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How to avoid fighting over a will

While living wills are certainly a staple of proper estate planning, some men and women worry if the document will spark arguments amongst family members after they have passed away. Families that generally get along with one another can be blinded by big bucks and argue over who gets what, while other families simply do not get along period.

One lawyer said that in his experience he has seen far more instances of families accepting the wishes of a loved one as laid out in a will rather than fighting over it. Still, controversy can arise over such matters. The remedy is careful planning.

First, a person must take a look at their family and gauge the likelihood that they might argue over the wishes of a living will. Families that don't get along right now will probably not magically get along with each other once the loved one has passed on.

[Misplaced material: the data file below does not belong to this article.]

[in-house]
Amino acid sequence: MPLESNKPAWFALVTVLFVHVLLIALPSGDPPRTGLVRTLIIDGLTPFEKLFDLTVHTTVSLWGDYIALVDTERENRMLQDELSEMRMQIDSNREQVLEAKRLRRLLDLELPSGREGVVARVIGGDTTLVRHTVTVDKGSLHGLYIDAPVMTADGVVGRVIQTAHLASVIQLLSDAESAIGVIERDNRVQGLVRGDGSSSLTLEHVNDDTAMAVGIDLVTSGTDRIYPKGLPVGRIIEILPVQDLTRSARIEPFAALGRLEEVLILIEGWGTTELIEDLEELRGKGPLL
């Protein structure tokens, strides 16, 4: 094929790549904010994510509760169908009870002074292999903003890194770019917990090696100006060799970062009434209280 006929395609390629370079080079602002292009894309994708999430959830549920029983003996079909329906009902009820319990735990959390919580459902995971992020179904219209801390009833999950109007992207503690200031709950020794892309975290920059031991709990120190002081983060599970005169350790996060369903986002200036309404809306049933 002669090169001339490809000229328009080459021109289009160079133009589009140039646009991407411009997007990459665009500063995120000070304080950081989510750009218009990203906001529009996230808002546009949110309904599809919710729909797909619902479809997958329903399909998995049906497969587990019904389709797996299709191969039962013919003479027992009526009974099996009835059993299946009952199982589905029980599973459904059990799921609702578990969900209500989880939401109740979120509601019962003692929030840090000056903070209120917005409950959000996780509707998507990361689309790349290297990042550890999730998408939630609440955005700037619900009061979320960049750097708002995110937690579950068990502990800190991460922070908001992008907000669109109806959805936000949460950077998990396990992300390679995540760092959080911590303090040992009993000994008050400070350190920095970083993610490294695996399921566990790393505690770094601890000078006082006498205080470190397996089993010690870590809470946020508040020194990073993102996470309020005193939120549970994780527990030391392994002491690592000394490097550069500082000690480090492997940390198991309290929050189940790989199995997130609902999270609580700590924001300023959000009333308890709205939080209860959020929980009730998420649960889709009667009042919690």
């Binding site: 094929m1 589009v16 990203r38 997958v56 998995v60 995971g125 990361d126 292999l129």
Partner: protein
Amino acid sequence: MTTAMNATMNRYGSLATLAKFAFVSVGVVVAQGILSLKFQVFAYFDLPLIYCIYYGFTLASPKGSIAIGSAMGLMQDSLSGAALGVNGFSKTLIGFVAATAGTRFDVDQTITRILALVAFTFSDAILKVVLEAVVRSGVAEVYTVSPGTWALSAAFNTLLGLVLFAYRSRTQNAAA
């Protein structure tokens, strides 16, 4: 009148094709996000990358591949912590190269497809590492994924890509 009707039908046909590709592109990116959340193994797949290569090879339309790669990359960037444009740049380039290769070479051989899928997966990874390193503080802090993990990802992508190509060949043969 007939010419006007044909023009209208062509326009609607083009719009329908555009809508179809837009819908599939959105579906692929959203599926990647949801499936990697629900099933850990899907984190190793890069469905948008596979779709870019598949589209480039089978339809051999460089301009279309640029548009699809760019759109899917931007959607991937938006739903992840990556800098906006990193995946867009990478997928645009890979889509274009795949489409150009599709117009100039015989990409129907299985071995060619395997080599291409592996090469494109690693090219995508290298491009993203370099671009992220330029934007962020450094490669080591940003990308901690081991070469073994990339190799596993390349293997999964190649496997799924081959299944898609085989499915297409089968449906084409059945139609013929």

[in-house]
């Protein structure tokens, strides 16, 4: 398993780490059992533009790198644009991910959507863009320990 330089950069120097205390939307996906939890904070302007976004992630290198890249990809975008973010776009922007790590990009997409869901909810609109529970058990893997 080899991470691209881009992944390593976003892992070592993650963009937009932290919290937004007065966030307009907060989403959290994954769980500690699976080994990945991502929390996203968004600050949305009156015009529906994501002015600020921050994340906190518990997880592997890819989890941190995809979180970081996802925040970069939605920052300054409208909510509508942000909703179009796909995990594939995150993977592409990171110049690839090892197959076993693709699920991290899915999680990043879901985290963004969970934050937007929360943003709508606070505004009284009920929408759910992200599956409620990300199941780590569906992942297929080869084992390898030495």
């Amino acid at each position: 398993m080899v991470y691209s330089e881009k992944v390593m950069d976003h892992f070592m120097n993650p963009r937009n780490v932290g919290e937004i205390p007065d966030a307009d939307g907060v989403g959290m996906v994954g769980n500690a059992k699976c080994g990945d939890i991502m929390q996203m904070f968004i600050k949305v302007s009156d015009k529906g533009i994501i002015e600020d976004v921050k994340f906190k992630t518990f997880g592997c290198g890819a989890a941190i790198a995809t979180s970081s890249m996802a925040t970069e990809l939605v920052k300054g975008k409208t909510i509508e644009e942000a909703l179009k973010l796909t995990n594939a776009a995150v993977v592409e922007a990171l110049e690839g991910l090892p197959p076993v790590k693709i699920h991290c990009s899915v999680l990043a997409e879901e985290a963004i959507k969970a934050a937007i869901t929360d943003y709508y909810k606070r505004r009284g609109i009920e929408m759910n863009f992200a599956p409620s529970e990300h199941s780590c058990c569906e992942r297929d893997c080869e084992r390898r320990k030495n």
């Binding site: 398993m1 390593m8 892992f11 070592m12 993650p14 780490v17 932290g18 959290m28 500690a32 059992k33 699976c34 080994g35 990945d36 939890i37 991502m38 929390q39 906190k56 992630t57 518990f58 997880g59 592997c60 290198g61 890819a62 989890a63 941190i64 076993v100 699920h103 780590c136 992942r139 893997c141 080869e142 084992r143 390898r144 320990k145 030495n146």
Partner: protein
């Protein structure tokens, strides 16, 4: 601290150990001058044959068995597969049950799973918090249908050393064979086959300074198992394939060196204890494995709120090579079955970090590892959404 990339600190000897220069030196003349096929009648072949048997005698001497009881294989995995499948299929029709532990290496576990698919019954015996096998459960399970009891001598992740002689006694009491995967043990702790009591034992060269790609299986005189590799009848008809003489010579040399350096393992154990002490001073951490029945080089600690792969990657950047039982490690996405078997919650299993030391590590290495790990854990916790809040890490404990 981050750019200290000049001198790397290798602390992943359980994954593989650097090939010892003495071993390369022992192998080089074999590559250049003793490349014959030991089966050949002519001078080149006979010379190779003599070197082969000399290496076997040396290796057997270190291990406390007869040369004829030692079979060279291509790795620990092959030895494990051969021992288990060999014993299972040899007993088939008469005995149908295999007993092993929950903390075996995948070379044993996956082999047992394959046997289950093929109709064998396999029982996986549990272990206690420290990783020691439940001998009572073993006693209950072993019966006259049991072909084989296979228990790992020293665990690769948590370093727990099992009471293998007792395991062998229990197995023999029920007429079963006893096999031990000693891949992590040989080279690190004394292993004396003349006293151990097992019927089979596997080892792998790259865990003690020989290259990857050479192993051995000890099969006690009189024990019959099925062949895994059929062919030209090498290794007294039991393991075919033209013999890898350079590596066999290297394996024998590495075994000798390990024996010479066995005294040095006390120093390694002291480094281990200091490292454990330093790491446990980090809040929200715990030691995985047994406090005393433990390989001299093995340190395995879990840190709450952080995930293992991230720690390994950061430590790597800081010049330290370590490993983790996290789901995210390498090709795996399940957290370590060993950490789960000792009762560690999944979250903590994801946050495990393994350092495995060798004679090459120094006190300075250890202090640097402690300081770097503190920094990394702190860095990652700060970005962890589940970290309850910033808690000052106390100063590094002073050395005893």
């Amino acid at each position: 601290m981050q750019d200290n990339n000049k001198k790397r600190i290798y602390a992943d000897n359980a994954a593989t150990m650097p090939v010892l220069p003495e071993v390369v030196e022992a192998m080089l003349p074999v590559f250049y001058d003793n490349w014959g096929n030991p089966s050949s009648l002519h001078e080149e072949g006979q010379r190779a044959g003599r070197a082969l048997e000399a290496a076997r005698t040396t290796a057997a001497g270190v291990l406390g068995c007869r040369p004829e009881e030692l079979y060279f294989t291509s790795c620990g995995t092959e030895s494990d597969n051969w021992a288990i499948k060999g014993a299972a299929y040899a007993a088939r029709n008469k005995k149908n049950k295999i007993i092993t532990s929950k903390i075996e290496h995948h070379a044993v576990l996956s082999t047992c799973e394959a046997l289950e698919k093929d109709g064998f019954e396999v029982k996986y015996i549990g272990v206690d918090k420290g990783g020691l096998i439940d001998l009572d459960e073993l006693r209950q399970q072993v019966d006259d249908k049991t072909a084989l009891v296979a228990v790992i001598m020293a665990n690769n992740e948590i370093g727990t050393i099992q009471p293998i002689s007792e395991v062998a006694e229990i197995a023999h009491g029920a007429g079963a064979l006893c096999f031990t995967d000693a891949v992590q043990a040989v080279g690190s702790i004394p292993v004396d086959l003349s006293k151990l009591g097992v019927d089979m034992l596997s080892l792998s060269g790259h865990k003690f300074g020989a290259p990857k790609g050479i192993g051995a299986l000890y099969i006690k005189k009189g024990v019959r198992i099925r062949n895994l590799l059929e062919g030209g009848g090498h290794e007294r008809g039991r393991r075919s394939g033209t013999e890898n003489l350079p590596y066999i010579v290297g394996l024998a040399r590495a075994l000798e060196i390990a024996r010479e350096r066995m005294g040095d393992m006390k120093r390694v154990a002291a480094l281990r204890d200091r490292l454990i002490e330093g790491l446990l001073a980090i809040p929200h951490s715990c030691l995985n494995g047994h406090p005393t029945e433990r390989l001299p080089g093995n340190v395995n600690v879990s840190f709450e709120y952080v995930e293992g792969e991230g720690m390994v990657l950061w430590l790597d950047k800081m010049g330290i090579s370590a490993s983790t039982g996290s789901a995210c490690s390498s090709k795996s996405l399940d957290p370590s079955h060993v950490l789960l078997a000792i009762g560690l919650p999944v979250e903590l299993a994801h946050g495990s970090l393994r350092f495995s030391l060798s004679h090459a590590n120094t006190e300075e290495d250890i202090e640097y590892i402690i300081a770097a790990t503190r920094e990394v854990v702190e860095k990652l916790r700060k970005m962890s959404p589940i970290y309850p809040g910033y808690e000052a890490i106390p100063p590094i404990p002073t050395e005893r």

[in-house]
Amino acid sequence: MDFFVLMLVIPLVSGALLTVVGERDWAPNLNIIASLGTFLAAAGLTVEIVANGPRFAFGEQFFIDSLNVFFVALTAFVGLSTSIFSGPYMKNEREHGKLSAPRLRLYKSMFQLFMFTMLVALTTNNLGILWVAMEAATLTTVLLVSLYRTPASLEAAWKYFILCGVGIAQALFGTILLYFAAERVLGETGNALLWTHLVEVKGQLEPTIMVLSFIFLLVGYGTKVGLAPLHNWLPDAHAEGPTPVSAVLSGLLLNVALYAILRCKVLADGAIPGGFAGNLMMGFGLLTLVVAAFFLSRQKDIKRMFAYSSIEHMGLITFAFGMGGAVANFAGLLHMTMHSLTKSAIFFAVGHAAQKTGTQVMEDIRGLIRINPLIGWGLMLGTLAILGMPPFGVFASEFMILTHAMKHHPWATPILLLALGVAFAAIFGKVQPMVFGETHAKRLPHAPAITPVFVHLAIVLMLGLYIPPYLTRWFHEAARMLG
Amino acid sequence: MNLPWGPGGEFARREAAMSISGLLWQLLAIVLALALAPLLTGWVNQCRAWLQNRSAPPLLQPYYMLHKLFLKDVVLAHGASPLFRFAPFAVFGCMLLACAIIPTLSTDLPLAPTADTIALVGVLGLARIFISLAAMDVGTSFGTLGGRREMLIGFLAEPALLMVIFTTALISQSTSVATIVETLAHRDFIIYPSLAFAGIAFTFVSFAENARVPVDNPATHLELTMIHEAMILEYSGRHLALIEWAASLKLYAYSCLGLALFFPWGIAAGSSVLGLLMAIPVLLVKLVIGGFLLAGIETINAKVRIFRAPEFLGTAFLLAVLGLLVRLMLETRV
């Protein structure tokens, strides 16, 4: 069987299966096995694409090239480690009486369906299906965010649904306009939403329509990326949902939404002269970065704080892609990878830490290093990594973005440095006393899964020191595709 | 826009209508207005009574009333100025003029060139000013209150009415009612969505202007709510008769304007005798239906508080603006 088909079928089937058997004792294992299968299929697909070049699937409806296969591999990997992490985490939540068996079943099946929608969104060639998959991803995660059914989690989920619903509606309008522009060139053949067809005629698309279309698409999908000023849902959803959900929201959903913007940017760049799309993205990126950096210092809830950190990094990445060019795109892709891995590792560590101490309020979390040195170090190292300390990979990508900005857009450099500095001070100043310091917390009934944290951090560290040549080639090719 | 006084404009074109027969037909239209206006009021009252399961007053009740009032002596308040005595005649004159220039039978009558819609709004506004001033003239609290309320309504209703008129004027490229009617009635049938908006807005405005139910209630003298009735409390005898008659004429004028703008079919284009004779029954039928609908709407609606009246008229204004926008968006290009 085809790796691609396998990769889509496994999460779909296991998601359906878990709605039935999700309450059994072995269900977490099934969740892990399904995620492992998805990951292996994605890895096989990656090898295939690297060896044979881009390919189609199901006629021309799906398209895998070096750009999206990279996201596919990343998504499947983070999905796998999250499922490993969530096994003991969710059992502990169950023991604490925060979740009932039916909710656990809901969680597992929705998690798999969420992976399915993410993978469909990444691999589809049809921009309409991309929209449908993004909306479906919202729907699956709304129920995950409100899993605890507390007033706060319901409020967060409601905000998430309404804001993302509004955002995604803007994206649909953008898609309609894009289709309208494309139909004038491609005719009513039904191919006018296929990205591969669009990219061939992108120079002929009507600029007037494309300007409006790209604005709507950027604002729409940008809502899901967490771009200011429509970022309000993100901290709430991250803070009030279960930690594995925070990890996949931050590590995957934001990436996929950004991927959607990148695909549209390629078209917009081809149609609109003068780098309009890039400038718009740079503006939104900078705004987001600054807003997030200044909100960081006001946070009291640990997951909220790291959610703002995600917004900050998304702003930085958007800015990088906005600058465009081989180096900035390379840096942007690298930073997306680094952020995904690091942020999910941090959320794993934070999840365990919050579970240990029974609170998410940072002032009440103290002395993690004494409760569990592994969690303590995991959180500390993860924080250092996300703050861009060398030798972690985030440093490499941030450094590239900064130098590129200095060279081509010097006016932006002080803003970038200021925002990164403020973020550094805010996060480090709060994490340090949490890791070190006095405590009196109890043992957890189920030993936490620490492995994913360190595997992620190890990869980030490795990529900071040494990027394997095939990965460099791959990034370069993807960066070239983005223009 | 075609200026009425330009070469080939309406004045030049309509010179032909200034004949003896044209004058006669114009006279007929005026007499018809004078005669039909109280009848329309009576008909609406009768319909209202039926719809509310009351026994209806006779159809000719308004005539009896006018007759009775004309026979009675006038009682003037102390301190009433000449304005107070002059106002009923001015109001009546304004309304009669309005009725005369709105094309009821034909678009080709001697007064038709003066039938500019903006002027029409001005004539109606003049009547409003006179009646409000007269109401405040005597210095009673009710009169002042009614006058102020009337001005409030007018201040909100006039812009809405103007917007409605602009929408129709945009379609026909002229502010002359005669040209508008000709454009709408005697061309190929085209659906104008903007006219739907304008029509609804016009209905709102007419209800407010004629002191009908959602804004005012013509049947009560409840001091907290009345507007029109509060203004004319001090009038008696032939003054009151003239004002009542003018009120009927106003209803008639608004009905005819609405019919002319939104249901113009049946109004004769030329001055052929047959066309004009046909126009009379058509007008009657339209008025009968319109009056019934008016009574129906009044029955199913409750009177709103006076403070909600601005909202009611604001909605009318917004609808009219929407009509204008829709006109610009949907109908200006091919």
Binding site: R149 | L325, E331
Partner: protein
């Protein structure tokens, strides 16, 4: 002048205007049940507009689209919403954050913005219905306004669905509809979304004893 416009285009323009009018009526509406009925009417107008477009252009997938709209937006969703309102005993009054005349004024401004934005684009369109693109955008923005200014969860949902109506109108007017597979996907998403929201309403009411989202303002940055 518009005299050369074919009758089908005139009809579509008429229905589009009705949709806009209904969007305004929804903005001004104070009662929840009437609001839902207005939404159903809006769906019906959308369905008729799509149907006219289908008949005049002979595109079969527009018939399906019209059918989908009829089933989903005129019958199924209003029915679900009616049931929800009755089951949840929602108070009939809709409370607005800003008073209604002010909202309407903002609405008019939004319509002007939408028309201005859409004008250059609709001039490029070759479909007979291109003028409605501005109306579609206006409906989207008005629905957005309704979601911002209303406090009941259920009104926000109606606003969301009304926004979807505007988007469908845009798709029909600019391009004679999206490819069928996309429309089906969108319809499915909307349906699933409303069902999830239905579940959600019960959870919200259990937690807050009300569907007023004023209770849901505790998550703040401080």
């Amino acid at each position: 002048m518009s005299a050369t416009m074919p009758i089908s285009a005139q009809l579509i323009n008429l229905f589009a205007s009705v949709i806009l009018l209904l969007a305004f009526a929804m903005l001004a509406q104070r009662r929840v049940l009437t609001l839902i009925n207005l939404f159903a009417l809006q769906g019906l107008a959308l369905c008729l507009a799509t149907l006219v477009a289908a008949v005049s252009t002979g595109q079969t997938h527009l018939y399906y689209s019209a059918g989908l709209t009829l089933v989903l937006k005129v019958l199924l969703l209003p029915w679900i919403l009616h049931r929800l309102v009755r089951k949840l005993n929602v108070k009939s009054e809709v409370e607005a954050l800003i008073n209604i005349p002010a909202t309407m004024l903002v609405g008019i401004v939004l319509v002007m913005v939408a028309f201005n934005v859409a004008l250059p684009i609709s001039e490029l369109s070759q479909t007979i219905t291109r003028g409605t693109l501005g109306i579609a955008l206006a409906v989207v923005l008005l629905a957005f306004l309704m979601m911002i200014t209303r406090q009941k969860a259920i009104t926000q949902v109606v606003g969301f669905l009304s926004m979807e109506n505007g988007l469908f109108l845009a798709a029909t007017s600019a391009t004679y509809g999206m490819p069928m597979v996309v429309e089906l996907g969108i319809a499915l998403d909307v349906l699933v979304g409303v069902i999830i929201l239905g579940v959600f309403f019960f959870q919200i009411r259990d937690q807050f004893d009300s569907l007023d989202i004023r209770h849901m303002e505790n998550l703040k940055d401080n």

With knowing the tendencies of certain family members, a man or woman must be brutally honest with their estate planning attorney. Letting an attorney know any worries they have will help the professional construct a plan to avoid such issues. Some people opt for what is called an "in terrorem clause," which automatically disinherits a beneficiary if they try to challenge a will. Be careful, though, because this clause is not recognized by every state.

Forming a plan of action is one thing, but committing to it 100 percent is a whole other issue. Estate planners will want to put the plan in action right away and stick firm on it. Going back and forth will only further muddy the waters, which begs for major issues once an estate is passed on to beneficiaries.

In order to funnel assets to their proper destination, it takes careful planning. An efficient estate planning expert always has a clear vision of the future, which includes identifying possible roadblocks. The key is to plan for those obstacles and avoid them.

Source: NWI.com, "ESTATE PLAN: Plan for a fight," Christopher W. Yugo, March 2, 2013

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